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U.S. efforts to revive Arab-Israeli peace talks hit another snag this week. The Palestinians overcame U.S. opposition and won enhanced diplomatic recognition by UNESCO, the United Nations Educational Scientific and Cultural Organization. Israel responded by speeding up settlement construction in occupied territories, and by withholding Palestinian tax revenues. U.S. officials criticized both sides from moving further away from peace.
But as NPR's Michele Kelemen reports, neither the Israelis nor the Palestinians seem interested in U.S. advice.
MICHELE KELEMEN, BYLINE: State Department spokesperson Victoria Nuland is worried that the Israeli-Palestinian conflict is spinning in the wrong direction. She argues that the Palestinian moves at the U.N. are diverting the international community's attention, while the Israeli response was, as she put it, deeply disappointing.
VICTORIA NULAND: Neither of these sets of actions is helpful to the environment of getting back to the negotiating table. And obviously, there's an action-reaction here that is not helpful. So we're trying to get these parties into a positive cycle of engagement.
KELEMEN: But the U.S. has few levers to pull. There's no talk of withholding any of the billions of dollars a year it gives to Israel. And the Obama administration has actually been lobbying Congress to keep giving millions of dollars to the Palestinian Authority, arguing that it is in U.S. and Israel's security interests to do so.
Only UNESCO has suffered consequences because, as Nuland explains, the U.S. is required by laws enacted two decades ago to cut funding to any agency that recognizes Palestine.
NULAND: The important reality that we have to grapple with, and that the world has to grapple with, is that today we are living under U.S. legislation which requires us to cut off U.S. funding to any U.N. agencies that go in the direction that UNESCO has gone in.
KELEMEN: The same would be true if the Palestinians seek full membership in the World Health Organization, the International Atomic Energy Agency and other U.N. bodies that the U.S. wants to support. U.N. Secretary General Ban Ki-moon is expressing concern about this.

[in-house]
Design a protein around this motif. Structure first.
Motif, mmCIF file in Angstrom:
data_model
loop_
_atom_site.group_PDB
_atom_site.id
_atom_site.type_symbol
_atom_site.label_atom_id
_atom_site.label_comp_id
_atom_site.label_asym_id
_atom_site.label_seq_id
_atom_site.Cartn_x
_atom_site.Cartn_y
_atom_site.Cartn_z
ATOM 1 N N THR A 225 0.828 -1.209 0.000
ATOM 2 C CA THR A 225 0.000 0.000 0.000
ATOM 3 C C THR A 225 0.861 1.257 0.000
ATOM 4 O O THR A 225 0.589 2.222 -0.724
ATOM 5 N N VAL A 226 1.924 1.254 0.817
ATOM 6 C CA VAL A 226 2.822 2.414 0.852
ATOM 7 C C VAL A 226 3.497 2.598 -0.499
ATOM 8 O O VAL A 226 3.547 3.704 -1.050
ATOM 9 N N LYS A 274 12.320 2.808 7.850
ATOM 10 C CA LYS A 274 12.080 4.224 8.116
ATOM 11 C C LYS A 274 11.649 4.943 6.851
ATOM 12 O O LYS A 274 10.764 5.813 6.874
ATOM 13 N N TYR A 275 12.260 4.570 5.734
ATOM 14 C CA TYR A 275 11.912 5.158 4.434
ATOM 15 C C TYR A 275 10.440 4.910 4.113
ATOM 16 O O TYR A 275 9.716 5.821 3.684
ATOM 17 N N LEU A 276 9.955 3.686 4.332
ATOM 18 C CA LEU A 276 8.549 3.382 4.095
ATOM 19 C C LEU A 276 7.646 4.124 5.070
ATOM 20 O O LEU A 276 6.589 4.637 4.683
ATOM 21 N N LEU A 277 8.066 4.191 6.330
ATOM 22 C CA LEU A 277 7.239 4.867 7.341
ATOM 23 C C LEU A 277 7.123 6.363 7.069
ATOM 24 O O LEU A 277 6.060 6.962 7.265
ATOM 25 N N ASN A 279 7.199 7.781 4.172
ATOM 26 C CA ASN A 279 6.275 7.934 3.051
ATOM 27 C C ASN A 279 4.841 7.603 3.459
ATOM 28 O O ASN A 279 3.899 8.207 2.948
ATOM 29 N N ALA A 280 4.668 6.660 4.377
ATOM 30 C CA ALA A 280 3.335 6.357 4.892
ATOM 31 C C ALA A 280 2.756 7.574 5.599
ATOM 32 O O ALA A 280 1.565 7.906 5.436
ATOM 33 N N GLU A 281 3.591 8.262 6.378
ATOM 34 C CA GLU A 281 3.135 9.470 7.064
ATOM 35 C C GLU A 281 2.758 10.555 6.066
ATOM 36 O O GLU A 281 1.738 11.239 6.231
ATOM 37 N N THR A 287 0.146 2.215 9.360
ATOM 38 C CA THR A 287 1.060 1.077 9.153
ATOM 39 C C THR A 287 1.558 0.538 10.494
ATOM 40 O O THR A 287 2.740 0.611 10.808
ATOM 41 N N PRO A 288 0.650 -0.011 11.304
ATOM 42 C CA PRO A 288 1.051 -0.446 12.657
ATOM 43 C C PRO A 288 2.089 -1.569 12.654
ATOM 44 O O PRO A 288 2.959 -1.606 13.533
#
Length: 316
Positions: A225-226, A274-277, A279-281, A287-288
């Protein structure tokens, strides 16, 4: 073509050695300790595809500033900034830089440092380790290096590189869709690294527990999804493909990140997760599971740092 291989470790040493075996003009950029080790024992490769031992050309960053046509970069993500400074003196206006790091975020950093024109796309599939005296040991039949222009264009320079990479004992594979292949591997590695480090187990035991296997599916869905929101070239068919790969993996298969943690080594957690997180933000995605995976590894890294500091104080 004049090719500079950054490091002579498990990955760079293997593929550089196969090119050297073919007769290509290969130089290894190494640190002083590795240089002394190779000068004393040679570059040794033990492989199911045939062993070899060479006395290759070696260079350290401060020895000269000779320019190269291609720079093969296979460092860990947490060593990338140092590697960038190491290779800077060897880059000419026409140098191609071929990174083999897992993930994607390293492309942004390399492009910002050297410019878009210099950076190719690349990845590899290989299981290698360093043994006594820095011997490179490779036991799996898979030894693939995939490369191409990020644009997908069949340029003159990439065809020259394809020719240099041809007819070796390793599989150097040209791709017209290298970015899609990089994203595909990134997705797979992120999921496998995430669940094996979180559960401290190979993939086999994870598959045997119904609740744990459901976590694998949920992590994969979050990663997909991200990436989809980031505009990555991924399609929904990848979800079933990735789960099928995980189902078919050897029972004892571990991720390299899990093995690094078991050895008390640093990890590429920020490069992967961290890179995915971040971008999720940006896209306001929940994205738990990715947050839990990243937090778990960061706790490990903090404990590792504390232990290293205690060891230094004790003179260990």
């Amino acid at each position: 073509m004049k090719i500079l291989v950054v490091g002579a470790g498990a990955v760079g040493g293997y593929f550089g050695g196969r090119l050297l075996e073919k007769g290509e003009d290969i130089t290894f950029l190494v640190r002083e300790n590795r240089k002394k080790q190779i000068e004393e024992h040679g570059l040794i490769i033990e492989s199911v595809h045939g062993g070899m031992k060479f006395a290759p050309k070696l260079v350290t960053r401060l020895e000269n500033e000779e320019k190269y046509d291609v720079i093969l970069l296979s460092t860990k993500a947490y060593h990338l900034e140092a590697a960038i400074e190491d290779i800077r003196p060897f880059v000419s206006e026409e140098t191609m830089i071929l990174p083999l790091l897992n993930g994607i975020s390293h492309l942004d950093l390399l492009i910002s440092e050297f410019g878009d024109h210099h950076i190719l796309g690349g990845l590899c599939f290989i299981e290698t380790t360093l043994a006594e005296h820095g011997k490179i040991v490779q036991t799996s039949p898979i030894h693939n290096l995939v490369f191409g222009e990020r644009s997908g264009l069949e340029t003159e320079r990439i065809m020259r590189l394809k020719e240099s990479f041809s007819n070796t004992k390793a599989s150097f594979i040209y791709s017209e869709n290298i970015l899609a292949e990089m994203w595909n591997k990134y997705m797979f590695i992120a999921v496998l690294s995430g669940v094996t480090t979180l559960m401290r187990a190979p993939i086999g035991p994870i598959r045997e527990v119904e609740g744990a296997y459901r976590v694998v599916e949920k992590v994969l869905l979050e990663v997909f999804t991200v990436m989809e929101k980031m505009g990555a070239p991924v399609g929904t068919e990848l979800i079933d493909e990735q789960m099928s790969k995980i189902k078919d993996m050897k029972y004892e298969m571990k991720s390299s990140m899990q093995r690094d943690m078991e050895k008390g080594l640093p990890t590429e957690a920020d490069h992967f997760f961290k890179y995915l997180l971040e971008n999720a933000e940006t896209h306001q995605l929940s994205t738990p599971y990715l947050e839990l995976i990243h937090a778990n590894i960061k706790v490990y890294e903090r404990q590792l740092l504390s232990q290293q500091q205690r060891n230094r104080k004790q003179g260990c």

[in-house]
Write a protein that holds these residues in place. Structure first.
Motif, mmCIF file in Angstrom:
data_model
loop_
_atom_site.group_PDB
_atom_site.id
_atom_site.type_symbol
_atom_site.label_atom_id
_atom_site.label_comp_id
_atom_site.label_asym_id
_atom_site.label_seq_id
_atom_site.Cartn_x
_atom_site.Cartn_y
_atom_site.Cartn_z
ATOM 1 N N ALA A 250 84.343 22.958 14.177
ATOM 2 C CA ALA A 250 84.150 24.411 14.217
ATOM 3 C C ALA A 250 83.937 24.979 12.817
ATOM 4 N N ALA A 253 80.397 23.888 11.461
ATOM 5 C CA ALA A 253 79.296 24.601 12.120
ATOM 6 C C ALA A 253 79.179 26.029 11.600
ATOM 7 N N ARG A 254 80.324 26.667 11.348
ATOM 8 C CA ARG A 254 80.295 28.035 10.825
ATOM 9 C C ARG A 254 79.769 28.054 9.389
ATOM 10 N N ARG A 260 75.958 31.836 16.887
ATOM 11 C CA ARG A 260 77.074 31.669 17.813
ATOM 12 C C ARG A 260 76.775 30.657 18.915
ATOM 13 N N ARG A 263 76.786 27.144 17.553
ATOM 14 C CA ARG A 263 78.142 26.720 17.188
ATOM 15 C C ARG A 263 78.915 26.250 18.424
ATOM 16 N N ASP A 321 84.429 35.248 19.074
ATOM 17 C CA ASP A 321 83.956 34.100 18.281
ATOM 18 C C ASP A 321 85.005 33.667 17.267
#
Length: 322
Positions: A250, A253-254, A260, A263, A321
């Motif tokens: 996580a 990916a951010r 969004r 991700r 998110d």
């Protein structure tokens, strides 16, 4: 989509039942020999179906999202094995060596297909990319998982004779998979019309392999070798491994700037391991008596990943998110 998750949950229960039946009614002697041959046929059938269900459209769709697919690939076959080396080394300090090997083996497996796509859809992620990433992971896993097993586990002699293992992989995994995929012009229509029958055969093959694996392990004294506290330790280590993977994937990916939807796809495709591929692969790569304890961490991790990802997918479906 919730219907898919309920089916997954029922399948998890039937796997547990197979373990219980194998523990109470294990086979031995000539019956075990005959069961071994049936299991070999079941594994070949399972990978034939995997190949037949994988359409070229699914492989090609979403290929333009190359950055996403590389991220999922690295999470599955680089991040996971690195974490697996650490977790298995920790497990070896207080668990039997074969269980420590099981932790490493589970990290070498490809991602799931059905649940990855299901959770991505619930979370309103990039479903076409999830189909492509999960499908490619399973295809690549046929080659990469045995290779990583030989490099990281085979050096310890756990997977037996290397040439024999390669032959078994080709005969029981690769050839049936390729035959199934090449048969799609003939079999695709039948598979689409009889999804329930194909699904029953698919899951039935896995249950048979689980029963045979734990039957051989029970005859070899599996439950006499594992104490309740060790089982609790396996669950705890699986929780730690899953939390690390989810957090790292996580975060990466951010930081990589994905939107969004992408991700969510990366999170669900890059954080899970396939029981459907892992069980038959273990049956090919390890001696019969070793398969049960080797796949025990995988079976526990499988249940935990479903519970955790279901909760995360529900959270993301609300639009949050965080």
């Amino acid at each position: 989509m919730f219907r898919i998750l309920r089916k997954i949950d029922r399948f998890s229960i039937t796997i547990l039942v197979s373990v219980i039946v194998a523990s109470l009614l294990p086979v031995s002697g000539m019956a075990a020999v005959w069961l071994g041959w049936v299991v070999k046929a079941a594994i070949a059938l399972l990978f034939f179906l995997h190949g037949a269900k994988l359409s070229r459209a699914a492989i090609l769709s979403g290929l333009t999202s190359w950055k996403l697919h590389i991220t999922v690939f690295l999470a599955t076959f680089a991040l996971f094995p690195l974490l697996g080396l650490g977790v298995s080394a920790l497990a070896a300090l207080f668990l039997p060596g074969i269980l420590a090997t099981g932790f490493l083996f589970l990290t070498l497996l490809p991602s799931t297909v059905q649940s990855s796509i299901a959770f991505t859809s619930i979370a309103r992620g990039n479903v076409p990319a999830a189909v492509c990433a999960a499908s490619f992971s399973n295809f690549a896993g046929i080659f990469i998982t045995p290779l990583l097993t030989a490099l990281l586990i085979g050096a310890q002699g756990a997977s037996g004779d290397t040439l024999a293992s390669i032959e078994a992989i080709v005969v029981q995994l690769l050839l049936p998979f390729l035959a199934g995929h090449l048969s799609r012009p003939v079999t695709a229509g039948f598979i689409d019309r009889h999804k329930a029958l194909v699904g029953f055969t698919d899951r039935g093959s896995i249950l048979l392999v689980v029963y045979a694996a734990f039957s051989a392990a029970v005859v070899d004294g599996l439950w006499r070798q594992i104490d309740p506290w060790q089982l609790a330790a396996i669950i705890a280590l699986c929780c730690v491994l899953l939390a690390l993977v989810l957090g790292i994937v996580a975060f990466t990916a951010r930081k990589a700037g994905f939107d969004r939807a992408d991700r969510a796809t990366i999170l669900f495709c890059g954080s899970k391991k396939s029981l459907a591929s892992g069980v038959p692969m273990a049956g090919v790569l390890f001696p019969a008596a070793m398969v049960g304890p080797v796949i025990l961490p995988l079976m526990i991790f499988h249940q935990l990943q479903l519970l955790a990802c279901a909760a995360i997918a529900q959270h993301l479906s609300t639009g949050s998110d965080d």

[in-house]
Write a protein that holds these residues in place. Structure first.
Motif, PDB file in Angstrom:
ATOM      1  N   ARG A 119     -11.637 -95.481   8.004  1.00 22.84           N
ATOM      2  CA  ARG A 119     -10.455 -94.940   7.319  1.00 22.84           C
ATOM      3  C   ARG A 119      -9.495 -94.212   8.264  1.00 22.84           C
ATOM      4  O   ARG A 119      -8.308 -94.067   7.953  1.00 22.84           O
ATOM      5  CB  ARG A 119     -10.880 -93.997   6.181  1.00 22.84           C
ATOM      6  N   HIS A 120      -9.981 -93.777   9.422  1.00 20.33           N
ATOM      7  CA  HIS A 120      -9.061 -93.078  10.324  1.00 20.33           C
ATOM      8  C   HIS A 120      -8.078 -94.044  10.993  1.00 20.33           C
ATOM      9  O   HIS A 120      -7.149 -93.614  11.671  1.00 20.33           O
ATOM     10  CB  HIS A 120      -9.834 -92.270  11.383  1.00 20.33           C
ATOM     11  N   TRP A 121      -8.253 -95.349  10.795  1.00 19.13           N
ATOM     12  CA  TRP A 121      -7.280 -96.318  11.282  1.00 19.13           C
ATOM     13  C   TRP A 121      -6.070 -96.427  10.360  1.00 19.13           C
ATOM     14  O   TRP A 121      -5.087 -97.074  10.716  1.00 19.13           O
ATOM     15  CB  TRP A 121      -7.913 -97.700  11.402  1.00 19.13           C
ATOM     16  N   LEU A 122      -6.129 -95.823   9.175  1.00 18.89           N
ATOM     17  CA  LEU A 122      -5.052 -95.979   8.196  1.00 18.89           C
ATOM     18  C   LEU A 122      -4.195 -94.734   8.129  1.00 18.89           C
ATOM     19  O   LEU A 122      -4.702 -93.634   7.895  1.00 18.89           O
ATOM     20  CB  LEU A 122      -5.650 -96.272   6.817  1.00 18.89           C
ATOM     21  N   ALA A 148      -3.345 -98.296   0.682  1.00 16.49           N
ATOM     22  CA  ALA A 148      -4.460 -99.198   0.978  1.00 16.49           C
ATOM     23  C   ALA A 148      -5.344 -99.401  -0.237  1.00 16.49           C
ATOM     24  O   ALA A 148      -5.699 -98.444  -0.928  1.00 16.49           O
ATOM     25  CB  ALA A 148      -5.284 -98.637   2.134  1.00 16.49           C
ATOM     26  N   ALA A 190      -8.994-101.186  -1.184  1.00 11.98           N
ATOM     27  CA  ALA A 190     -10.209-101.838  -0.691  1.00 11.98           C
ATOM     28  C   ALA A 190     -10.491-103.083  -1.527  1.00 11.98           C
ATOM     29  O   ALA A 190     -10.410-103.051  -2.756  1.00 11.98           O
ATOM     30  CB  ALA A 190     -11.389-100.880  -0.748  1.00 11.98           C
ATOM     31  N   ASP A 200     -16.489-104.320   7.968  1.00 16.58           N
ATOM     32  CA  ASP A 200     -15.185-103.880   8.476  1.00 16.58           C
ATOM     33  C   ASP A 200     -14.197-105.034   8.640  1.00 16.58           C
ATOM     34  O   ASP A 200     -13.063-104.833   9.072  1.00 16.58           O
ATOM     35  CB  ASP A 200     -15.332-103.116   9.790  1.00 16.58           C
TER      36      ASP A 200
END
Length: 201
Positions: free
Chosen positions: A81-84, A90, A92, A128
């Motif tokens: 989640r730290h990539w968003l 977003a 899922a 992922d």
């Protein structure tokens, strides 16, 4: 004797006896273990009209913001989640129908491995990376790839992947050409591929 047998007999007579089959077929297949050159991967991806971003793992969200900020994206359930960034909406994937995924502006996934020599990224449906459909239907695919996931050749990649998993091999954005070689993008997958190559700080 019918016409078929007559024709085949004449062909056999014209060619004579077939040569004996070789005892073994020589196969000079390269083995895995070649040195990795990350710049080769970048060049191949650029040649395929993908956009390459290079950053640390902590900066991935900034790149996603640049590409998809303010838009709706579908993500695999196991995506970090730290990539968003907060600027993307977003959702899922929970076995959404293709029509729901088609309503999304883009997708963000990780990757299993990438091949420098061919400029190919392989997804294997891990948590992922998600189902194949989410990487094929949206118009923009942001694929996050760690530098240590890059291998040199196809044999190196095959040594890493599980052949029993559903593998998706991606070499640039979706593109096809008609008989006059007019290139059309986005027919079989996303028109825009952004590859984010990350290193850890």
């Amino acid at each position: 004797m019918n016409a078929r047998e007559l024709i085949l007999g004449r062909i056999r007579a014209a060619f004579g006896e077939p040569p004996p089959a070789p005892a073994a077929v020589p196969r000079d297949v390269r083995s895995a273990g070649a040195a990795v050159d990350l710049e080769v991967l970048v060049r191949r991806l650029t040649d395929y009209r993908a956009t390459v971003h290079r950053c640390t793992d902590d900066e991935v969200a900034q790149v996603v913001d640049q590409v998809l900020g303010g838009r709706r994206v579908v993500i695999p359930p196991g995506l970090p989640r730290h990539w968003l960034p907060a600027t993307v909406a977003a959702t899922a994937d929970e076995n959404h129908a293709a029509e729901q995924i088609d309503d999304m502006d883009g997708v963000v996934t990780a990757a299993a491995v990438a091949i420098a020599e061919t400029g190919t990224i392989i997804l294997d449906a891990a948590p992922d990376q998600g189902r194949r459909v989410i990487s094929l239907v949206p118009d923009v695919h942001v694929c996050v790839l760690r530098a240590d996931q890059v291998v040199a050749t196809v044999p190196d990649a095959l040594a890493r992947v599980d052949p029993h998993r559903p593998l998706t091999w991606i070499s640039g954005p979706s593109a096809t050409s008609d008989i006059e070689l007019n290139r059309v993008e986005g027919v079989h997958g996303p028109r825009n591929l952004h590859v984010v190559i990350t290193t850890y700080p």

Palestinian negotiator Nabil Shaath says the Palestinians will apply to those agencies despite the U.S. position.
DR. NABIL SHAATH: Should the United States bind itself with an adversarial position on the rights of the Palestinians that was taken back in 1990? It's unbelievable. I don't understand it.
KELEMEN: Shaath says the Palestinians also expect a vote this month by the U.N. Security Council on their membership application to join the United Nations as a member state. The U.S. has vowed to veto, but may not have to if it can convince enough countries to abstain or oppose it. The U.S. has been lobbying countries like Bosnia, where the Muslim, Croat and Serb presidents can't agree what to do.
Shaath says the Palestinian goal is not to embarrass the U.S. or avoid talks with the Israelis.
SHAATH: What is wrong with the Palestinians seeking recognition from the world as a state under occupation, hoping to negotiate with its occupier a two-state solution?
KELEMEN: He was speaking on the sidelines of a conference at the U.S. Institute of Peace. Former Secretary of State James Baker was also there, saying he understands the Palestinians are trying to level the playing field by enhancing their diplomatic and legal standing, vis-Ã -vis Israel. Baker just doesn't think it will work.
JAMES BAKER: The only way you get to real peace is to negotiate peace. You can't create peace unilaterally. Israel can't create peace by unilateral withdrawal from Gaza, any more than Palestinians can create peace by unilaterally going to the U.N. You have to negotiate peace if you are gong to have a lasting peace.
KELEMEN: And again, Baker doesn't expect any serious negotiations while the U.S. is in election mode. The Palestinians remain divided politically and Israel does not have, as he puts it, a government that is leaning forward for peace.
Michele Kelemen, NPR News, Washington. Transcript provided by NPR, Copyright NPR.